Jump directly to the Content

Shepherding in a Shifting Financial Landscape

The pandemic intensified existing economic challenges for churches—and catalyzed new ones.
Shepherding in a Shifting Financial Landscape
Image: Photos by Boy Anupong

Salem Baptist Church of Chicago got creative with ministry funding in 2020. The predominantly Black megachurch served 15,000 meals to needy Chicagoland residents during the COVID-19 pandemic, funded in part by government grants received through a nonprofit organization affiliated with the church.

Giving from church members held strong, said pastor of ministries Shaun Marshall, but increased ministry necessitated new funding streams. Now with the pandemic continuing to fluctuate, Salem has realized its new funding model probably is here to stay.

Among COVID-19’s lessons: “The church cannot be dependent upon just one stream of revenue,” Marshall said. That is one of several economic changes financial experts see on the immediate horizon for churches. Pastors, they say, should prepare for unique financial challenges over the next two years, driven in large measure by the global pandemic.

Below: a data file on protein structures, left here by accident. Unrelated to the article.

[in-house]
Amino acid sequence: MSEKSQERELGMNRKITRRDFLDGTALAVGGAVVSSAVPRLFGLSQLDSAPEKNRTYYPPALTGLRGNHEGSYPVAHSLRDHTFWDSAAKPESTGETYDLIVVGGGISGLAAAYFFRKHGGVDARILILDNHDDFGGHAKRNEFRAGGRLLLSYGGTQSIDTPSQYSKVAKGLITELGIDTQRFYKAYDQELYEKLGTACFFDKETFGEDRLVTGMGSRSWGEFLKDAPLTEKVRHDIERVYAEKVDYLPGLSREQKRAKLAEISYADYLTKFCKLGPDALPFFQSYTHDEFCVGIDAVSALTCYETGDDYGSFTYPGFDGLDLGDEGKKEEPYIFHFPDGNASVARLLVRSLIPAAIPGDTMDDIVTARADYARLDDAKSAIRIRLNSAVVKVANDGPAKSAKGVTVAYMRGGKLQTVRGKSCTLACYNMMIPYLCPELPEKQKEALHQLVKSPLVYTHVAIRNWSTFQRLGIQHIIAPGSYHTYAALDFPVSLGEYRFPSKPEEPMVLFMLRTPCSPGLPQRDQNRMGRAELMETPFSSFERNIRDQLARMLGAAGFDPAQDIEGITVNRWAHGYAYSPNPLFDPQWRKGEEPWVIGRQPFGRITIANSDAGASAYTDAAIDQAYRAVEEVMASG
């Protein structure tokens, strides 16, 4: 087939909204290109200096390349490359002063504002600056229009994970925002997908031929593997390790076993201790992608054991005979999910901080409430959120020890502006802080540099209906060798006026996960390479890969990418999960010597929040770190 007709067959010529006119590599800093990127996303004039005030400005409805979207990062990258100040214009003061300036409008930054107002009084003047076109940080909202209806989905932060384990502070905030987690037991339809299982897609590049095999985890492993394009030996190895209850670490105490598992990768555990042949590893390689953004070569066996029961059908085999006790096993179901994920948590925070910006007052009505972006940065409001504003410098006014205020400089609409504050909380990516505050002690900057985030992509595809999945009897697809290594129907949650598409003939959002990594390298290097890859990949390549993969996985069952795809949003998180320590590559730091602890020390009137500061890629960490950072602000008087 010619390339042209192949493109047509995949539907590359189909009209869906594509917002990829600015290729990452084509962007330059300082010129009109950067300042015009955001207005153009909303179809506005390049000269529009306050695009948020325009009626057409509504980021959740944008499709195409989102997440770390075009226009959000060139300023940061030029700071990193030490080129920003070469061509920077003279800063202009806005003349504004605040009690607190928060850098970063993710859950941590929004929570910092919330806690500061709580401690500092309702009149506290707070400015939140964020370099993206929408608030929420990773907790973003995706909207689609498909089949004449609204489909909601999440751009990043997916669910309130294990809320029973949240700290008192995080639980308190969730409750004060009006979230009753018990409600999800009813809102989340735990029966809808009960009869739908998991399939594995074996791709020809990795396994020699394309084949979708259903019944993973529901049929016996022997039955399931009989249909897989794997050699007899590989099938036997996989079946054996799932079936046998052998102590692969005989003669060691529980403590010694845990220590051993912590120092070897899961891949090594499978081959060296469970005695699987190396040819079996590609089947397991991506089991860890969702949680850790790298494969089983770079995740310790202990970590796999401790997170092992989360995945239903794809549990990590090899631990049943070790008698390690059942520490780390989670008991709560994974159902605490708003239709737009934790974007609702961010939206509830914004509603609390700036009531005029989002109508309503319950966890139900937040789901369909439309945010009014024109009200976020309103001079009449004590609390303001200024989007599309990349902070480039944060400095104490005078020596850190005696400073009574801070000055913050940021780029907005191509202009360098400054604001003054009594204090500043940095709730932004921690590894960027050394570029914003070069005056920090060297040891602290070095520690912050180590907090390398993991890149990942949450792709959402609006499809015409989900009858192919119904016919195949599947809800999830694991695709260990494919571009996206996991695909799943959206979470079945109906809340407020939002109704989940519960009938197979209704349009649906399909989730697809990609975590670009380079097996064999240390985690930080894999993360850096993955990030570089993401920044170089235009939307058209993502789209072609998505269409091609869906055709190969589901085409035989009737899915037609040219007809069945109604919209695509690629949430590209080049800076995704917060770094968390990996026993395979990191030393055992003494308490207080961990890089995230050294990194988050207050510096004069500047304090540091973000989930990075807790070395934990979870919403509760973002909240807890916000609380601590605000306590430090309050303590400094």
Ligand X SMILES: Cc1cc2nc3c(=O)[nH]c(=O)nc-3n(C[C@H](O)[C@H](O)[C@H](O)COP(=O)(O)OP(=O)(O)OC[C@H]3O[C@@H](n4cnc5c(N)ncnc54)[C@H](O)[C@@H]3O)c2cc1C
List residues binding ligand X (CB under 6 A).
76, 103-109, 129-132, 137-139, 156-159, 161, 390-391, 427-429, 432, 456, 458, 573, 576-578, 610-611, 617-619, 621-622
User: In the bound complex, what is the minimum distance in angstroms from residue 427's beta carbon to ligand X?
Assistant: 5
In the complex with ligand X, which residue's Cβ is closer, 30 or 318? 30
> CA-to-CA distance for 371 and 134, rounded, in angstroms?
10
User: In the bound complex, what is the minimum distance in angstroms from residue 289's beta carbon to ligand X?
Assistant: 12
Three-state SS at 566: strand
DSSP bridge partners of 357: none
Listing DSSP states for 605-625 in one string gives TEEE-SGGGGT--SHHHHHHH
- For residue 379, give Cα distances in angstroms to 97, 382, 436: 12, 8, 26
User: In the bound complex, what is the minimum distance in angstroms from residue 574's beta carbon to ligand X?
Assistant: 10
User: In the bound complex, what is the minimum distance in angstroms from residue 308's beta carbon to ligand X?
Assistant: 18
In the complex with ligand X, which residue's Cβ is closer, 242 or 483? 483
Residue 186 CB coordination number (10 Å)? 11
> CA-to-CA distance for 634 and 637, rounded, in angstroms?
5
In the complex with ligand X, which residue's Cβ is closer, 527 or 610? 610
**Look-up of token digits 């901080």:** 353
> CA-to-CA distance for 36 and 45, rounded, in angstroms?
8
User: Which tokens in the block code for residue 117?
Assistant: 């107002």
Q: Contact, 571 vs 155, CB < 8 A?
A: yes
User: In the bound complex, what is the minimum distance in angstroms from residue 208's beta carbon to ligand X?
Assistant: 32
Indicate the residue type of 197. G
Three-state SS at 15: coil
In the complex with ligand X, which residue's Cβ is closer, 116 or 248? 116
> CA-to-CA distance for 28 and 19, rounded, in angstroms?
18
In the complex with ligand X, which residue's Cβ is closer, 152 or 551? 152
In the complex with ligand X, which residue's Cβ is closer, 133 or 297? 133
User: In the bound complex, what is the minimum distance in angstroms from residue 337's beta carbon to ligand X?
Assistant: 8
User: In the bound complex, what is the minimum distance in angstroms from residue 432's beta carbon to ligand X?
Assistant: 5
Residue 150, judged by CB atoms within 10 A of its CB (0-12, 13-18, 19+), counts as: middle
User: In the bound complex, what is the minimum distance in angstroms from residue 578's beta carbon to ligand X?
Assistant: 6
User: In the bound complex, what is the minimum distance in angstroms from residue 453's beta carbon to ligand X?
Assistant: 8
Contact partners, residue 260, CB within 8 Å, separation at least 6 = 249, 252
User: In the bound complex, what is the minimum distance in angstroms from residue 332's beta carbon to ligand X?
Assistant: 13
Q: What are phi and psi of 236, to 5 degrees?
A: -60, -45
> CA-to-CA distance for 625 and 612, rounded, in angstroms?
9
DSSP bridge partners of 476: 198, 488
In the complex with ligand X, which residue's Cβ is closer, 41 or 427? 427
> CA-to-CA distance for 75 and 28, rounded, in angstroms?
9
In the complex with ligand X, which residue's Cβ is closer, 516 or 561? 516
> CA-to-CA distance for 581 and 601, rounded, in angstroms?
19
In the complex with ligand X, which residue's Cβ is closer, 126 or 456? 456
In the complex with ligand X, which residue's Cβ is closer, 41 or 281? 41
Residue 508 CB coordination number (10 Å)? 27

Shifting Funding Models

Churches will need more capital over the next two years. Average ...

January/February
Support Our Work

Subscribe to CT for less than $4.25/month

Homepage Subscription Panel

Read These Next

Related
POTENTIAL LEADERS: WHEN ARE THEY READY
POTENTIAL LEADERS: WHEN ARE THEY READY
How to know when newcomers, whether apparent superstars or humble servants, are ready for church office.
From the Magazine
Christianity Today’s 2024 Book Awards
Christianity Today’s 2024 Book Awards
Our picks for the books most likely to shape evangelical life, thought, and culture.
Editor's Pick
The Last Gift My Father Gave Me
The Last Gift My Father Gave Me
A surprising encounter with my dad, Jesus, and Jerry Seinfeld opened a door to long-awaited healing.
close